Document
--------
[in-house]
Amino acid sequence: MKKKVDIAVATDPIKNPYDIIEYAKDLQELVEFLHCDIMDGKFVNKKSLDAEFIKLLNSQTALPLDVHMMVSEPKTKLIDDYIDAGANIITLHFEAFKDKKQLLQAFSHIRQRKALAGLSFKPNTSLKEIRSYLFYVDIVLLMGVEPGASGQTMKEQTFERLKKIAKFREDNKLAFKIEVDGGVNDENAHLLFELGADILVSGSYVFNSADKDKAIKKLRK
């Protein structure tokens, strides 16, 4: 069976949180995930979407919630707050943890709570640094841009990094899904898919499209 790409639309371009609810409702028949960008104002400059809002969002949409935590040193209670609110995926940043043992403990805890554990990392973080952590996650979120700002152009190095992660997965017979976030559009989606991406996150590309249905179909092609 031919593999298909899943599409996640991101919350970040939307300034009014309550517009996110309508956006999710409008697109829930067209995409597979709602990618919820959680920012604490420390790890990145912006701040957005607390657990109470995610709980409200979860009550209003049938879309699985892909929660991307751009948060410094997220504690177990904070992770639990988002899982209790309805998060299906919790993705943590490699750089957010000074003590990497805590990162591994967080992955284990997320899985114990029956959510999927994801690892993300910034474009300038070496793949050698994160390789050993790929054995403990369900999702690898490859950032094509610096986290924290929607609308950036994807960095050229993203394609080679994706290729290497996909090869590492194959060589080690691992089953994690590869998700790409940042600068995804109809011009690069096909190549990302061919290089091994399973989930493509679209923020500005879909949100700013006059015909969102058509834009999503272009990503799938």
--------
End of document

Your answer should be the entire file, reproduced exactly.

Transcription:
[in-house]
Amino acid sequence: MKKKVDIAVATDPIKNPYDIIEYAKDLQELVEFLHCDIMDGKFVNKKSLDAEFIKLLNSQTALPLDVHMMVSEPKTKLIDDYIDAGANIITLHFEAFKDKKQLLQAFSHIRQRKALAGLSFKPNTSLKEIRSYLFYVDIVLLMGVEPGASGQTMKEQTFERLKKIAKFREDNKLAFKIEVDGGVNDENAHLLFELGADILVSGSYVFNSADKDKAIKKLRK
């Protein structure tokens, strides 16, 4: 069976949180995930979407919630707050943890709570640094841009990094899904898919499209 790409639309371009609810409702028949960008104002400059809002969002949409935590040193209670609110995926940043043992403990805890554990990392973080952590996650979120700002152009190095992660997965017979976030559009989606991406996150590309249905179909092609 031919593999298909899943599409996640991101919350970040939307300034009014309550517009996110309508956006999710409008697109829930067209995409597979709602990618919820959680920012604490420390790890990145912006701040957005607390657990109470995610709980409200979860009550209003049938879309699985892909929660991307751009948060410094997220504690177990904070992770639990988002899982209790309805998060299906919790993705943590490699750089957010000074003590990497805590990162591994967080992955284990997320899985114990029956959510999927994801690892993300910034474009300038070496793949050698994160390789050993790929054995403990369900999702690898490859950032094509610096986290924290929607609308950036994807960095050229993203394609080679994706290729290497996909090869590492194959060589080690691992089953994690590869998700790409940042600068995804109809011009690069096909190549990302061919290089091994399973989930493509679209923020500005879909949100700013006059015909969102058509834009999503272009990503799938």